Both Mr. Bunk and Gosselin appealed and the Fourth Circuit returned a decision fully favorable to the relator. First, Gosselin argued that Mr. Bunk lacked standing to sue by virtue of his litigation decision to forgo proof of actual damages to the government as a result of Gosselin’s false certification and sue only for the per-claim civil penalty allowed by the FCA. Gosselin argued that Mr. Bunk was required to demonstrate damage to the government, and by failing to do so, Mr. Bunk relinquished any standing to pursue FCA liability. Although two other circuits previously rejected such an argument, this was apparently a question of first impression in the Fourth Circuit.
The Fourth Circuit summarily rejected this argument, citing the Supreme Court’s 2000 decision in Vermont Agency of Natural Resources v. United States ex rel. Stevens, 529 US 765, 771. Ultimately, the Fourth Circuit reasoned that the judgment below confirmed that the United States suffered an “injury in fact,” which automatically granted standing to qualifying relators under the FCA.
The Fourth Circuit then reviewed the district court’s ruling that (1) the application of the minimum per claim civil penalty to the 9,136 false claims exceeded the amount allowed under the Eighth Amendment; and (2) that the district court lacked authorization to enter judgment on a lesser amount, notwithstanding Mr. Bunk’s proposal of $24 million. In a discussion that acknowledged the tension between the FCA’s per-claim penalties and the Eighth Amendment, the Fourth Circuit reversed the district court and ordered it to enter judgment for Mr. Bunk in the amount of $24 million he proposed in his post-trial papers.
With regard to the district court’s concern that it could not enter judgment in an amount less than the minimum required by adding $5,500 for each of the 9,136 false claims, the Fourth Circuit found that the FCA allowed “virtually unbounded” discretion for settlements in amounts below the statutory minimum for aggregated false claims. Furthermore, the Fourth Circuit found a per-claim civil penalty to be a necessary deterrent and that the district court’s essential award of “nothing at all because the claims were so voluminous provides perverse incentive for dishonest contractors to generate as many false claims as possible, siphoning never more resources from the government.”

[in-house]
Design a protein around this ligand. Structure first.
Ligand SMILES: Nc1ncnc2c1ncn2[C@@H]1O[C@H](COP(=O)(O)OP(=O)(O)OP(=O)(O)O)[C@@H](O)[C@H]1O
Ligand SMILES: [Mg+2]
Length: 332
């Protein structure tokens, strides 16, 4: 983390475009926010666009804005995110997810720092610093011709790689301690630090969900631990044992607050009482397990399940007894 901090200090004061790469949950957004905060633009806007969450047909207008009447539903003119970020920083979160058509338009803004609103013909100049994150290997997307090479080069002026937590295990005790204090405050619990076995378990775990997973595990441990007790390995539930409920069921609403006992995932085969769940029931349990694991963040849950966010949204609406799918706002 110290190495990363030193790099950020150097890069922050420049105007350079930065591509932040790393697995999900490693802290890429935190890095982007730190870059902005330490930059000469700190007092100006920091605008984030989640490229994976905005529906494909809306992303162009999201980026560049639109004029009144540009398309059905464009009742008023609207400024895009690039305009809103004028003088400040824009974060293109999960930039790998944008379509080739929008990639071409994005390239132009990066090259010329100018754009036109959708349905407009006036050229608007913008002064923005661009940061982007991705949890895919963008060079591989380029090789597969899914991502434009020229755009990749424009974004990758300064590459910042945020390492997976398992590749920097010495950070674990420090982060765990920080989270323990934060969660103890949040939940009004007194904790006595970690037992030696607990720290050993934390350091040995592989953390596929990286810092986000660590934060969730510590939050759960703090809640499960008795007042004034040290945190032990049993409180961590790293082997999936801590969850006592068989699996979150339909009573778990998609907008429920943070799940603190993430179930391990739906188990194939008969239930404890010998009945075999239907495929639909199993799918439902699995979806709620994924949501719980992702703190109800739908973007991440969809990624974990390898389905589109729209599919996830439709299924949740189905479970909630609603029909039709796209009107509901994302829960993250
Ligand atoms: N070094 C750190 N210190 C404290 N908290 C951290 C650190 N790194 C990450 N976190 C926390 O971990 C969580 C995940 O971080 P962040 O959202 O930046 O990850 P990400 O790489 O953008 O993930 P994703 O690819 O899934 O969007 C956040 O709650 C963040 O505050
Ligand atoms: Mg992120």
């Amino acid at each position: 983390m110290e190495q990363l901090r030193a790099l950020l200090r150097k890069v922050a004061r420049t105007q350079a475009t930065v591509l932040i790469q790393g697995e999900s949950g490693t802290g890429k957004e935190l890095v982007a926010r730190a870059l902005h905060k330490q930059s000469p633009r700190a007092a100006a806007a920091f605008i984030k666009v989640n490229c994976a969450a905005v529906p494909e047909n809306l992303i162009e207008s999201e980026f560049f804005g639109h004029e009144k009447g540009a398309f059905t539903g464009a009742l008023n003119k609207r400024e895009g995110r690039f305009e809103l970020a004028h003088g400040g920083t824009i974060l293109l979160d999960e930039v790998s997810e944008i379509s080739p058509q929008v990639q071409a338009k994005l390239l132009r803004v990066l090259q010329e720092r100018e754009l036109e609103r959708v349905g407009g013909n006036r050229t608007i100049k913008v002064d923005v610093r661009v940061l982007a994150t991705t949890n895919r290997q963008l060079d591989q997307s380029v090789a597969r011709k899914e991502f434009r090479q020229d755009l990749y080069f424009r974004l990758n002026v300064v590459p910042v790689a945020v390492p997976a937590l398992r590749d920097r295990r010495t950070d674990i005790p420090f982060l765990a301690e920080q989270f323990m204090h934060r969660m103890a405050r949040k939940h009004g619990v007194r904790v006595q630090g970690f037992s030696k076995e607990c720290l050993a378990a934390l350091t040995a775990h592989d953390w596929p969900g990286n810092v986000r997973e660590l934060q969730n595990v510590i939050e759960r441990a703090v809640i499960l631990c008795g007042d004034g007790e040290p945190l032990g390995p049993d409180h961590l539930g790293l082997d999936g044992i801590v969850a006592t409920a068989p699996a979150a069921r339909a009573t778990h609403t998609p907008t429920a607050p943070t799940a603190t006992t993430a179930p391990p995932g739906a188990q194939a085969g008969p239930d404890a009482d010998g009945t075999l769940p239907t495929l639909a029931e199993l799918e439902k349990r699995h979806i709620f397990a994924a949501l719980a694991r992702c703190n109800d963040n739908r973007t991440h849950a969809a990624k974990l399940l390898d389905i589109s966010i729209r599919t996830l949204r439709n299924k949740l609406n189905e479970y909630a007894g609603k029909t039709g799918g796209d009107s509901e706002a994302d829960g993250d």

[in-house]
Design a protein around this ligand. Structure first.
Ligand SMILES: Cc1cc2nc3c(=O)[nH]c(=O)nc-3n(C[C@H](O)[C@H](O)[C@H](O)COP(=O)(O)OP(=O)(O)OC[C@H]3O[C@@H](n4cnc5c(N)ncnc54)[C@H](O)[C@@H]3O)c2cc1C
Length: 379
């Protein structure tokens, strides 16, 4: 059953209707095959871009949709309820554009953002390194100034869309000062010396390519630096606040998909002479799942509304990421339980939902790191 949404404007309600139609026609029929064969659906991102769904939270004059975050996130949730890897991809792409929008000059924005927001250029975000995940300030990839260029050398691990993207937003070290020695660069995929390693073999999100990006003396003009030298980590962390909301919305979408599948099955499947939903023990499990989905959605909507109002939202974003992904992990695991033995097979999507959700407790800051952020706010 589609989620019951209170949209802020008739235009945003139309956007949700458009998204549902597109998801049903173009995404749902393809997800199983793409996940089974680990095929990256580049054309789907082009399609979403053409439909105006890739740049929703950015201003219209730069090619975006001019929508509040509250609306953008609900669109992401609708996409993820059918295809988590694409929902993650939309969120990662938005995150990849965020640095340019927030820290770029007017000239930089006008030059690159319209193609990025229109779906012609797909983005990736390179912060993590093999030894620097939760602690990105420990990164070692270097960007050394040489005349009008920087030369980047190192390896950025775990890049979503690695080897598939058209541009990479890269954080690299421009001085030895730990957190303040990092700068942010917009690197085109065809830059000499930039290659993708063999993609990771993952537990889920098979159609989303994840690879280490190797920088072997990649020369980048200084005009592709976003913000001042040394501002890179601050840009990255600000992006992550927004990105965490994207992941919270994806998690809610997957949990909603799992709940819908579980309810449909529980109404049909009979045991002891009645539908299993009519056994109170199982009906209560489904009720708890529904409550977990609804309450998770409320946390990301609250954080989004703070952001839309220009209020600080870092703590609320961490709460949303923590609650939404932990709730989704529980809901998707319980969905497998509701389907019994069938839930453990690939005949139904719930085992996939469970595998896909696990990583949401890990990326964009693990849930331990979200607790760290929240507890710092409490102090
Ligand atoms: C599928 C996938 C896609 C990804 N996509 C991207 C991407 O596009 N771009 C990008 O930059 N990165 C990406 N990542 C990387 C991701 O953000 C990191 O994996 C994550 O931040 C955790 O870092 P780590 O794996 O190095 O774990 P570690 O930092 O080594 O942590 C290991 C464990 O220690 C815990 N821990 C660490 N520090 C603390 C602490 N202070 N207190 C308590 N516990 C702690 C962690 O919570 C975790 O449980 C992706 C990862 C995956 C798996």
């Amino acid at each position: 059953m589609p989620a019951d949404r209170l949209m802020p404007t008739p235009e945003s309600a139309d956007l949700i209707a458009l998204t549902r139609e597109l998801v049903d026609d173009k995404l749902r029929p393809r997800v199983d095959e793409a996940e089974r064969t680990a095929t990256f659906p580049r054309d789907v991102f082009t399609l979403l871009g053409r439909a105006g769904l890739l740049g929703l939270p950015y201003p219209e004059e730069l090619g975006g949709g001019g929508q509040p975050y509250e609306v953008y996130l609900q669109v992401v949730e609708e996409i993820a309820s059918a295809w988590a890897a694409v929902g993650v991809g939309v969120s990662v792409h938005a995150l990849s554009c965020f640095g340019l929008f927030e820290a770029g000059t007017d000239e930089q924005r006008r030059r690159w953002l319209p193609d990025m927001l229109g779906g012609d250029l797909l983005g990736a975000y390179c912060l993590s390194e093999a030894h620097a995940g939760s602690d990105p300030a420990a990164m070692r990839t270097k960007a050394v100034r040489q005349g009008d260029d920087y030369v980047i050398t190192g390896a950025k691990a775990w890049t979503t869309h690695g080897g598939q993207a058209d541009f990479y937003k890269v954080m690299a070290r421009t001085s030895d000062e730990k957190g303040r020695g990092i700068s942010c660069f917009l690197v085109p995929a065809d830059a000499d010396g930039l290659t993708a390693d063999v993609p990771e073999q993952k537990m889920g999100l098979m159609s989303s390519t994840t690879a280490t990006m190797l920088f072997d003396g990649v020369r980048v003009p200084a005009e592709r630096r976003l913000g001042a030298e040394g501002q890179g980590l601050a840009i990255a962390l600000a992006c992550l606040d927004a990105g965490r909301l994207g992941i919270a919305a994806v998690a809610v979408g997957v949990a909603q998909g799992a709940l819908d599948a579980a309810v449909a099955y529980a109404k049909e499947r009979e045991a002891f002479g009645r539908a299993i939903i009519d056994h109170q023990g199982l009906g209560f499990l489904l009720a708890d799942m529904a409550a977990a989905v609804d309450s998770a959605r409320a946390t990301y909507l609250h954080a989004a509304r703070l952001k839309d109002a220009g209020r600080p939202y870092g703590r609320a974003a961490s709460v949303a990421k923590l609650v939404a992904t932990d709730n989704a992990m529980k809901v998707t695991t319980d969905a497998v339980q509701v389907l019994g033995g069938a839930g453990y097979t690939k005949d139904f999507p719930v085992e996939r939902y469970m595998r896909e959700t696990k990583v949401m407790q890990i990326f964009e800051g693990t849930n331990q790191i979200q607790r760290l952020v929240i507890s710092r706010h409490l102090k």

Turning towards the question of whether the $24 million offered by Mr. Bunk was an excessive penalty under the Eighth Amendment, the Fourth Circuit found that concept of harm to the government “need not be confined strictly to the economic realm,” and the deterrent effect provided by a per-claim civil penalty was important because “the prevalence of defense contractor scams shakes the public faith in the government’s competency and may encourage others similarly situated to act in a like fashion.” The Fourth Circuit cited this paragraph from its decision in Toeplemen v. United States as an apt justification of the per claim penalty:
“[N]o proof is required to convince one that to the Government a false claim, successful or not, is always costly. Just as surely, against this loss the Government may protect itself, though the damage be not explicitly or nicely ascertainable. The [FCA] seeks to reimburse the Government for just such losses. For a single false claim[, the civil penalty] would not seem exorbitant. Furthermore, even when multiplied by a plurality of impostures, it still would not appear unreasonable when balanced against the expense of the constant Treasury vigil they necessitate.” 263. F.2d 697 (4th Cir. 1959).
Although both sides may appeal this decision within 60 days, the Fourth Circuit’s decision, as it stands, serves to reinforce the power of the per-claim penalty for all parties who receive payments from the United States government, including healthcare providers. These penalties, which can be applied to multiple claims through a single false statement, can exponentially outstrip any amount of actual damage demonstrated by the government, even after those damages are trebled under the FCA, or a party makes full restitution in a criminal proceeding.